JUSTICE SOTOMAYOR: Do you have the 24 statistics as to how many arrests there are and how 25 many — and what the — percentage of calls before the Official – Subject to Final Review Alderson Reporting Company 46 1 statute? 2 GENERAL VERRILLI: There is some evidence in 3 the record, Your Honor. It’s the — the Palmatier 4 declaration, which is in the Joint Appendix, was the — 5 he was the fellow who used the run the Law Enforcement 6 Support Center, which answers the inquiries. That — 7 that declaration indicates that in fiscal year 2009, 8 there were 80,000 inquiries and — 9
JUSTICE SCALIA: What does this have to do 10 with Federal immigration law? I mean, it may have to do 11 with racial harassment, but I thought you weren’t 12 relying on that. 13
GENERAL VERRILLI: The — 14
JUSTICE SCALIA: Are you objecting to 15 harassing the — the people who have no business being 16 here? Is that — surely you’re not concerned about 17 harassing them. They have been stopped anyway, and all 18 you’re doing is calling up to see if they are illegal 19 immigrants or not. 20 So you must be talking about other people 21 who have nothing to do with — with our immigration 22 laws. Okay? Citizens and — and other people, right?
Tea Party Rally in One First Street?
The Chief summed up his view pithily:
CJ: It seems to me that the Federal Government 3 just doesn’t want to know who is here illegally or not. 4
GENERAL VERRILLI: No, I — I don’t think 5 that’s right. I think we want to be able to cooperate 6 and focus on our priorities.
And the SG made a law clerk funny, that didn’t get any laughs:
I mean, I think it’s as though, if I can use 7 an analogy, if you ask one of your law clerks to bring 8 you the most important preemption cases from the last 10 9 years, and they rolled in the last — the last hundred 10 volumes of the U.S. Reports and said, well, they are in 11 there. That — that doesn’t make it — 12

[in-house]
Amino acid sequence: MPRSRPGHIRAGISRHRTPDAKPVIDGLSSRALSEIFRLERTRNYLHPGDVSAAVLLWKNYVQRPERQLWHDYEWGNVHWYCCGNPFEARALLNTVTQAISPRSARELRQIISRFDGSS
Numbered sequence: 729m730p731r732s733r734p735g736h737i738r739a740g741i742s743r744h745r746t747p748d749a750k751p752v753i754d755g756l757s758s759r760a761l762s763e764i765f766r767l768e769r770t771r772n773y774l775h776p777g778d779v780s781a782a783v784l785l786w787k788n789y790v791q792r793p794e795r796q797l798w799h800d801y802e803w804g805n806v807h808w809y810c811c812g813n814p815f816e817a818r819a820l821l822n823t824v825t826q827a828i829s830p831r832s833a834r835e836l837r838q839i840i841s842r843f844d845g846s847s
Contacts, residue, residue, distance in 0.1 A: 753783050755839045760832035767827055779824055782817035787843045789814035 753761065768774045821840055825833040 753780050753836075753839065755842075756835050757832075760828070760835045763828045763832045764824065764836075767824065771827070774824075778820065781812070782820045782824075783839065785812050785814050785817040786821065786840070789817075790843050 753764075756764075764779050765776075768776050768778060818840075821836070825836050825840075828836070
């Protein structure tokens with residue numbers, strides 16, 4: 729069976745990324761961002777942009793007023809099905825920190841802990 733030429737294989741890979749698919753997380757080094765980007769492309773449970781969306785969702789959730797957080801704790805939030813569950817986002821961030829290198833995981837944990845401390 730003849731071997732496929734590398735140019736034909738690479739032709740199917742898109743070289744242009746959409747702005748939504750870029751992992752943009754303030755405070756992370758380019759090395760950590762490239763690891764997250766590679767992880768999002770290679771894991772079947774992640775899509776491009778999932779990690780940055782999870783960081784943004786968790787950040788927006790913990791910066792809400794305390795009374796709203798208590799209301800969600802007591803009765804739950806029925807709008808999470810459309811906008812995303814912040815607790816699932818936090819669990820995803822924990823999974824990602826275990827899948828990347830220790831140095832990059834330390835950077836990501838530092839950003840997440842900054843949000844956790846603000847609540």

CHIEF JUSTICE ROBERTS: What if they just 13 rolled in Whiting? 14 (Laughter.) 15 CHIEF JUSTICE ROBERTS: That’s a pretty good 16 one.
And the most dreaded words when arguments aren’t going well and your time is up:
Excuse me. I see my —
21 CHIEF JUSTICE ROBERTS: No, keep going.
This bit was interesting. There is no way for the Feds to verify a person is actually a citizen if they do not possess a Passport:
Today, if you use the names Sonya Sotomayor, 4 they would probably figure out I was a citizen. But 5 let’s assume it’s John Doe, who lives in Grand Rapids. 6 So they are legal. Is there a citizen database? 7
GENERAL VERRILLI: The citizen problem is 8 actually a significant problem. There isn’t a citizen 9 database. If you — 10
JUSTICE SOTOMAYOR: I’m sorry, there is or 11 there isn’t? 12
GENERAL VERRILLI: There is not. If you 13 have a passport, there is a database if you look 14 “passports.” So you could be discovered that way. But 15 otherwise there is no reliable way in the database to 16 verify that you are a citizen unless you are in the 17 passport database. So you have lots of circumstances in 18 which people who are citizens are going to come up no 19 match. There’s no — there is nothing suggesting in the 20 databases that they have an immigration problem of any 21 kind, but there’s nothing to — 22
JUSTICE SOTOMAYOR: So if you run out of 23 your house without your driver’s license or 24 identification and you walk into a park that’s closed 25 and you’re arrested, you — they make the call to this agency. You could sit there forever while they — 2
GENERAL VERRILLI: Yes, and I — 3
JUSTICE SOTOMAYOR: Figure out if you’re — 4
GENERAL VERRILLI: While I’m at it, there is
Oy Nino made a deportation joke. Seriously.
JUSTICE SCALIA: Well, can’t you avoid that 25 particular foreign relations problem by simply deporting 1 these people? Look, free them from the jails — 2
GENERAL VERRILLI: I really think — 3
JUSTICE SCALIA: And send them back to the 4 countries that are — that are objecting. 5
GENERAL VERRILLI: This is a — 6 JUSTICE SCALIA: What’s the problem with 7 that? . . .
JUSTICE SCALIA: So we have to — we have to 5 enforce our laws in a manner that will please Mexico. 6 Is that what you’re saying? 7
GENERAL VERRILLI: No, Your Honor, but what 8 it does — no, Your Honor, I’m not saying that — 9
JUSTICE SCALIA: Sounded like what you were 10 saying.
Phew, its done.
CHIEF JUSTICE ROBERTS: Thank you, 8 Mr. Clement, General Verrilli. Well argued on both 9 sides. Thank you.